And it is pouring. It is dumping. The water is running downhill, overflowing the gutters and filling every pothole and cranny in the road. After a few hundred feet of trying to stay out of the water, I give up and splash through everything that gets in my path. Anne and the other Long Course people are long gone; Ian is leading me and the Olympic gang, all of us trudging away, staying in our heart rate zones and trying not to think about how our shoes keep getting heavier and heavier. And I’m trying not to think about how cold my legs are, or about how crazy this is, or…
…or how can I not think about how beautiful this all is? As we cross Sunset and head up towards Will Rogers Park, all I can hear are our footsteps and the rain falling. There are no cars. The white noise of Los Angeles traffic is gone. There is only us breathing and water running. We duck through backyards and private streets, past yapping pugs and babbling brooks. We cross footbridges and go through neighborhoods I never knew existed.
And, God help me, I feel great. I feel like I could go all day. I could go until the whole canyon is washed away into the Pacific. I could go until the clouds are out of water. I’ve never felt this good in my life.
We get to the end of the run, schlepping up the Santa Monica Stairs, working harder just walking up the damn things than we did running up and down all those hills. The steps are steep and wooden and probably would be a really great place to go on a date, but now I just want to get to the top. I want to see my girl and find out how her run was, and then get the hell home to have second breakfast and dry off. Ian leads us back to the start, all of us taking turns leading running cadences. I break out into my song about Granny (“When my Granny was 91, she did triathlons just fo’ fun.” It continues on until Granny dies, goes to heaven, and tell St. Peter that’s got no time to rest: “I’m gonna go fo’ a personal best.”), and we get to the end of the run, five miles, all of us soaked and exhausted. Anne and the Long Coursers arrive about fifteen minutes later, and, yes, I know she’s just as drenched and wiped out as me and not feeling beautiful, she is. She looks gorgeous, and I crack up as we try to dry off in the rain before getting in the car.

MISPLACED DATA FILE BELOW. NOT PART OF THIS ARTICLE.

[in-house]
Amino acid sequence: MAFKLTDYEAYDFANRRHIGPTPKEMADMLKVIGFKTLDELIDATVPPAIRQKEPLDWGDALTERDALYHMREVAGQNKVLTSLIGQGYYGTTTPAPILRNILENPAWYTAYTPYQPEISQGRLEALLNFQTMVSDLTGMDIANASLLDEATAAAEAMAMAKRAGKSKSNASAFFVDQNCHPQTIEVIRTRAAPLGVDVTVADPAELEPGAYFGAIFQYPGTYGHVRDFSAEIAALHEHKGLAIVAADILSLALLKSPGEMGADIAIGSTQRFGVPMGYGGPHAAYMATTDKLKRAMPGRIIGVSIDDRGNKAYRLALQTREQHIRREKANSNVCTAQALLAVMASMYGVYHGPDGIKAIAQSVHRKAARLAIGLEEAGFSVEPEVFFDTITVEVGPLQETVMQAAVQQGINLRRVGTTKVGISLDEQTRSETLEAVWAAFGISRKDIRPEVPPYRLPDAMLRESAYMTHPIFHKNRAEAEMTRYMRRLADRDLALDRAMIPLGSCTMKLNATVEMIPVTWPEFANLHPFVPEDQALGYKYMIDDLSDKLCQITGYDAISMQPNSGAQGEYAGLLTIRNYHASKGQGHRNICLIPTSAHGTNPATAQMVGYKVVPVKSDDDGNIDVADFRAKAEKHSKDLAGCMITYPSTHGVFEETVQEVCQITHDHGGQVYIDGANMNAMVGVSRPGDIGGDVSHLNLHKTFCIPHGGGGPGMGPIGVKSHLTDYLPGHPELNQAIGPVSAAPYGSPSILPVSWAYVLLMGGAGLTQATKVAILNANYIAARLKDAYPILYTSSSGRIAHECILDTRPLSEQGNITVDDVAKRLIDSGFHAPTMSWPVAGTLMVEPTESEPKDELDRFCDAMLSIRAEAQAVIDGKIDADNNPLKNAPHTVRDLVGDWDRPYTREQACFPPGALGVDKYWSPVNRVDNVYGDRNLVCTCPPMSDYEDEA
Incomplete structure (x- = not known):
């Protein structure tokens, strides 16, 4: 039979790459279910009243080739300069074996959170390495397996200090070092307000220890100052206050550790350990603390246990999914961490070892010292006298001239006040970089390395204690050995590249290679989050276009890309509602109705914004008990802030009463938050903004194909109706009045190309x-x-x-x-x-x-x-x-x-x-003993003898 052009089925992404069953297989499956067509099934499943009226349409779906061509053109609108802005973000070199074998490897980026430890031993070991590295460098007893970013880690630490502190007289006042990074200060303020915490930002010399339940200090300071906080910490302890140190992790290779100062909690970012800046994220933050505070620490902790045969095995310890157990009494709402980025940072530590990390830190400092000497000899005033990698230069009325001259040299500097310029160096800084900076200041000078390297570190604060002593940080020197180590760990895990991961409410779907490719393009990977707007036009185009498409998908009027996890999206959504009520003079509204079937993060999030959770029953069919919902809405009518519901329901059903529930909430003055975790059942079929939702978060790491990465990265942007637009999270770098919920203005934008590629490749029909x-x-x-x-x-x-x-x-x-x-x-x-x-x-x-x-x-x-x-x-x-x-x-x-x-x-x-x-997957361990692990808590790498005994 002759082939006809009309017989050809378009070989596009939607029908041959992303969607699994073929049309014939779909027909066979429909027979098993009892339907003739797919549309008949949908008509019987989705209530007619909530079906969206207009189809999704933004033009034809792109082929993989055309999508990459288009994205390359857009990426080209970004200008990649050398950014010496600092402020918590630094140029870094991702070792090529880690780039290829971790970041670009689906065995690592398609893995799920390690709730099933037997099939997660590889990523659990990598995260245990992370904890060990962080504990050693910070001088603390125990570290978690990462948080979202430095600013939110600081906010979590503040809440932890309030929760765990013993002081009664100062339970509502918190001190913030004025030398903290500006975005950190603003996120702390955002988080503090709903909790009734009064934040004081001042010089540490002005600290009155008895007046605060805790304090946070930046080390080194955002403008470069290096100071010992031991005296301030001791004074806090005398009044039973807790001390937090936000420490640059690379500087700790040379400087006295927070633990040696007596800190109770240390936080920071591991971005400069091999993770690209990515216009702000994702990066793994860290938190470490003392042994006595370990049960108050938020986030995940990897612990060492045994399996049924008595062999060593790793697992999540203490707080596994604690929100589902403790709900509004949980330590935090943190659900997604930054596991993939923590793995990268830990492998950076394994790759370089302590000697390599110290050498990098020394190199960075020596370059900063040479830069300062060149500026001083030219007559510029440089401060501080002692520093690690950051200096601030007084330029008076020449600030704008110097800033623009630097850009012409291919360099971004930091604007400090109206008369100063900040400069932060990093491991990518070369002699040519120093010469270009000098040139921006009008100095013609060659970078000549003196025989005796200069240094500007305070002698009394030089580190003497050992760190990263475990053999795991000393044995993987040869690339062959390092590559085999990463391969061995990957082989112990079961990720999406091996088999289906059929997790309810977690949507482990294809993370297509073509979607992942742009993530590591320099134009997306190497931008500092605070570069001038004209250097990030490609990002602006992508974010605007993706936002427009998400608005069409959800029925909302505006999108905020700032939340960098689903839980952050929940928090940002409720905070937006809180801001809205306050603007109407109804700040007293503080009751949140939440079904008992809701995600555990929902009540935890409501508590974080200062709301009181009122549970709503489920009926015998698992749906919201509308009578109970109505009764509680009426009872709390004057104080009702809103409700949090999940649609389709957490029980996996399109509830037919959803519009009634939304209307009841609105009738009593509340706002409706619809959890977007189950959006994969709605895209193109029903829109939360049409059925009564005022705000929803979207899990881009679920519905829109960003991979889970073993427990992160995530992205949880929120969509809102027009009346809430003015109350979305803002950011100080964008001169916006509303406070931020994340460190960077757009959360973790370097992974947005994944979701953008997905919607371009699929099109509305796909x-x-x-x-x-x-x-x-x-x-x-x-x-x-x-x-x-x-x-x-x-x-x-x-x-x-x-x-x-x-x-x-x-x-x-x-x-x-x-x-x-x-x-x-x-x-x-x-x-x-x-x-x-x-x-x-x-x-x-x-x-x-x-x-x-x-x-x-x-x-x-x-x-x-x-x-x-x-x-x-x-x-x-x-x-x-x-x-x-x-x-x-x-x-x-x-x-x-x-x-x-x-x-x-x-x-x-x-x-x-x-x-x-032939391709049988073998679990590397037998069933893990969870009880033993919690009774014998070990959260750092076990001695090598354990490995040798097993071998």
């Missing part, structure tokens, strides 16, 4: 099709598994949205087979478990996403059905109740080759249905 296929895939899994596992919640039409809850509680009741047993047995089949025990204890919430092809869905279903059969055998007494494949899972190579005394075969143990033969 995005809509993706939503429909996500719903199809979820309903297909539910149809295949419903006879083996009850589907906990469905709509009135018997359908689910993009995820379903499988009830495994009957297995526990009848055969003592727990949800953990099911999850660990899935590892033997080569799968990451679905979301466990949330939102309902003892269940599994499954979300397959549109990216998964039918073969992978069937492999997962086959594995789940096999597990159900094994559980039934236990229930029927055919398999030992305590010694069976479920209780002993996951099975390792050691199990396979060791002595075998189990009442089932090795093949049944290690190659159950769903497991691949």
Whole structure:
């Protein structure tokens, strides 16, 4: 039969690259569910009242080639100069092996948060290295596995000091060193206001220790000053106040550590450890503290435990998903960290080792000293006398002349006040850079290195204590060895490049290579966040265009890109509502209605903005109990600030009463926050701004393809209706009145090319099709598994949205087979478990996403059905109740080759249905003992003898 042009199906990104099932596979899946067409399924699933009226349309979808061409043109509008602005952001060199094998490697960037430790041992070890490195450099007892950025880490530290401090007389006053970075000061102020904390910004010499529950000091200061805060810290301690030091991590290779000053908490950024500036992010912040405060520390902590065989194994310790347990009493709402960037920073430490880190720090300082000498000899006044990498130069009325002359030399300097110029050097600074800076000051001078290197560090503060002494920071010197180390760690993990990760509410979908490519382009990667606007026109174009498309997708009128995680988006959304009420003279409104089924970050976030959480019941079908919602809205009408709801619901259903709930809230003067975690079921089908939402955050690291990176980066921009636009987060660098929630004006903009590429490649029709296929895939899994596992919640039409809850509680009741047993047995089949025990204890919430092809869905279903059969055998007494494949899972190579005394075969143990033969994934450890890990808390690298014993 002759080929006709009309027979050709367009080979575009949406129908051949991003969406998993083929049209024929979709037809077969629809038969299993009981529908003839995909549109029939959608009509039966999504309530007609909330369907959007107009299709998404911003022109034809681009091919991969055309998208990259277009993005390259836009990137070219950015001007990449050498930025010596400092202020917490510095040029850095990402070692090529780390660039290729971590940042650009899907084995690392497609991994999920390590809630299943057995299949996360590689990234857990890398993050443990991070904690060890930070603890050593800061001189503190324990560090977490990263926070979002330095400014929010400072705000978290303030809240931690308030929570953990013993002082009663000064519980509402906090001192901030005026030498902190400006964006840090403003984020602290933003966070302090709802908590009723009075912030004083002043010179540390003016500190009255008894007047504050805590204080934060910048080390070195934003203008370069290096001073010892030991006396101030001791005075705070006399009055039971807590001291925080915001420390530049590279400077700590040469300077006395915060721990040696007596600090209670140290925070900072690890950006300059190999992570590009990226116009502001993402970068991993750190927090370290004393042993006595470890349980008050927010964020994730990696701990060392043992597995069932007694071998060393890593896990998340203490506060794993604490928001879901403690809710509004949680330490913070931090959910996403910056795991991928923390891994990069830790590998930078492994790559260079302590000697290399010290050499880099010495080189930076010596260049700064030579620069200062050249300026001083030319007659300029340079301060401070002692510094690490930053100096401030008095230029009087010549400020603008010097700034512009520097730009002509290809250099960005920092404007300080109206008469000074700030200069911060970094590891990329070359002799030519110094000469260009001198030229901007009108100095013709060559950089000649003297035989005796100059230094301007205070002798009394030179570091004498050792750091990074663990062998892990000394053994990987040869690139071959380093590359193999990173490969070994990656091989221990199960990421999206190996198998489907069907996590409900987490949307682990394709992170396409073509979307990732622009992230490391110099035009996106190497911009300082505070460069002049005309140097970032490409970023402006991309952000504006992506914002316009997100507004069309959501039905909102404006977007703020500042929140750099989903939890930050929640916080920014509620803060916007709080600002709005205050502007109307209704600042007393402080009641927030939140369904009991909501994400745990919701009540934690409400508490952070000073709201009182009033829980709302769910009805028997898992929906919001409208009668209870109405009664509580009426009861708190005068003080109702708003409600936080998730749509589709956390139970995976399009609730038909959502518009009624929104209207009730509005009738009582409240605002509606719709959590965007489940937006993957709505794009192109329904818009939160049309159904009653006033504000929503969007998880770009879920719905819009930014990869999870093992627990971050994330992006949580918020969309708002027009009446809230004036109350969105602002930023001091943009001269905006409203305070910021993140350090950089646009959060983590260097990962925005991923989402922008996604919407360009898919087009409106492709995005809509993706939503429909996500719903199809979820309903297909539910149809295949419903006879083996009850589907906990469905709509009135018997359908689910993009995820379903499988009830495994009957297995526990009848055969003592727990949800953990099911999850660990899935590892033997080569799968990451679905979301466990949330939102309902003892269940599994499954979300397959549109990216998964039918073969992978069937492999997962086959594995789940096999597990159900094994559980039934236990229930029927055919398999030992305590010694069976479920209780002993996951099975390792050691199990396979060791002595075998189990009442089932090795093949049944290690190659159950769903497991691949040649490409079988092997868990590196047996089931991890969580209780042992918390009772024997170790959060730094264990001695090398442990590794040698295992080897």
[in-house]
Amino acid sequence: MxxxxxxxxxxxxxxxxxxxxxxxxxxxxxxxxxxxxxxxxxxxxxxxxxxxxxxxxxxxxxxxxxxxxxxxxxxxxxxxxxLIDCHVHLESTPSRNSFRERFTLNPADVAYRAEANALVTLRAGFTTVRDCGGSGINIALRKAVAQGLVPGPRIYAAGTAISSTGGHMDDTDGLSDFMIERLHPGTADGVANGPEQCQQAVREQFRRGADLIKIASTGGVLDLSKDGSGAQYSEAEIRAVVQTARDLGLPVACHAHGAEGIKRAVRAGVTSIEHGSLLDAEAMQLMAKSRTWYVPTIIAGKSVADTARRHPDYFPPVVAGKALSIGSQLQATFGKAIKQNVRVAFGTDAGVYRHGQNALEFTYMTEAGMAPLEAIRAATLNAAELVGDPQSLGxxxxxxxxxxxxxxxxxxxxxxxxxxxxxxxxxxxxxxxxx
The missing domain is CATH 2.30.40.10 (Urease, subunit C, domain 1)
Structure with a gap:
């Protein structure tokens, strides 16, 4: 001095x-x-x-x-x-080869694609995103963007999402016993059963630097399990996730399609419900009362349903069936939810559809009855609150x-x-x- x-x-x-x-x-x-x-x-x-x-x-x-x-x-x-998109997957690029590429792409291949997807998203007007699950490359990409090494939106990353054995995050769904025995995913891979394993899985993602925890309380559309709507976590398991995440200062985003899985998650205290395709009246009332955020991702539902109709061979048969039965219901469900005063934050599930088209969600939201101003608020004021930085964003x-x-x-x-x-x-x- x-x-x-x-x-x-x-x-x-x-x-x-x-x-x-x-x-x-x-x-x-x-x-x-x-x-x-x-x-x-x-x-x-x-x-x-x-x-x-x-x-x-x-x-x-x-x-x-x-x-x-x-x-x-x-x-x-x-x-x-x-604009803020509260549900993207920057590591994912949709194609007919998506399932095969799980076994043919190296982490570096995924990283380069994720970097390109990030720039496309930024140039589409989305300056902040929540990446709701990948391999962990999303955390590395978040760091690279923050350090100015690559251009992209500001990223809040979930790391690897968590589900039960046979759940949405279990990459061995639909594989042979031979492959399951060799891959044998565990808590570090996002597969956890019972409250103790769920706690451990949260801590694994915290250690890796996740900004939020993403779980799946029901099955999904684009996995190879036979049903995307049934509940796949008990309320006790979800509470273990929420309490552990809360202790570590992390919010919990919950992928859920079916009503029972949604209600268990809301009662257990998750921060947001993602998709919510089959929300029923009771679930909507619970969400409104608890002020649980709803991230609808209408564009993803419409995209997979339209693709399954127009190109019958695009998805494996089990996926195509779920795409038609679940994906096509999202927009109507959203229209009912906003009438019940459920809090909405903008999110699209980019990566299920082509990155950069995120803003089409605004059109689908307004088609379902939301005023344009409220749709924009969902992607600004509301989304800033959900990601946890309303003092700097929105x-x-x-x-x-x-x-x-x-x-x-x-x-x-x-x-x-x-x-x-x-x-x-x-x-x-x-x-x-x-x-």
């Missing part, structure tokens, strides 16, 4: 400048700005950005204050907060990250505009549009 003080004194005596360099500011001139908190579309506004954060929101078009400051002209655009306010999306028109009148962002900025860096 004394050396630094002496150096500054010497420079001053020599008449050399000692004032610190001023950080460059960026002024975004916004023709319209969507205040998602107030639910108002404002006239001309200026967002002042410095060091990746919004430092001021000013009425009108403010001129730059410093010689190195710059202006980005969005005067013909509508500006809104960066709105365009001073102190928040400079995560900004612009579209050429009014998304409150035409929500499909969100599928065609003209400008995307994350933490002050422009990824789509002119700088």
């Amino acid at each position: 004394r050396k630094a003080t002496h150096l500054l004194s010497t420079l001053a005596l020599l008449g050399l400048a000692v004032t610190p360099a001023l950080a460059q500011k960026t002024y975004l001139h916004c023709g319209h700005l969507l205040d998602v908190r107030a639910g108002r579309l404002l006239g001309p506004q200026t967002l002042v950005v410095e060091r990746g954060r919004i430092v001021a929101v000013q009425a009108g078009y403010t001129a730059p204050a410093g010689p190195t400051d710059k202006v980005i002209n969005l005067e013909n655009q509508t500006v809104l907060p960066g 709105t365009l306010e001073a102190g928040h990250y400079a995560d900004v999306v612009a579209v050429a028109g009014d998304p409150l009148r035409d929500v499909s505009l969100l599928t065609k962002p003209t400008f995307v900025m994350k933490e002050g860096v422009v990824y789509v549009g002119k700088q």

“What’s so funny?” she asks as she manages to peel off her sodden socks and leap in.
“I just ran five miles, up and down hills, in the rain, and I had a blast!” I laugh.
And there is nothing but the splashing of water on the pavement, of tires gushing through gutters, of both of us shivering and laughing about what we did that morning. There is nothing but exhaustion and joy, and the promise of a hot shower and some more snuggling.
And tomorrow, I knew, the rain will stop, the roads will be clear, and the sky will be brilliant blue. And Anne and I will meet up with more maniacs, this time on our bikes, and we will ride to the ends of the earth. And then the only thing we will hear is our pedals spinning, and the wind in our ears, and the road falling away beneath us as we fly down the road. And I will think about how insane this is, and how fun it is, and how glad I am that she’s somewhere on the road with me.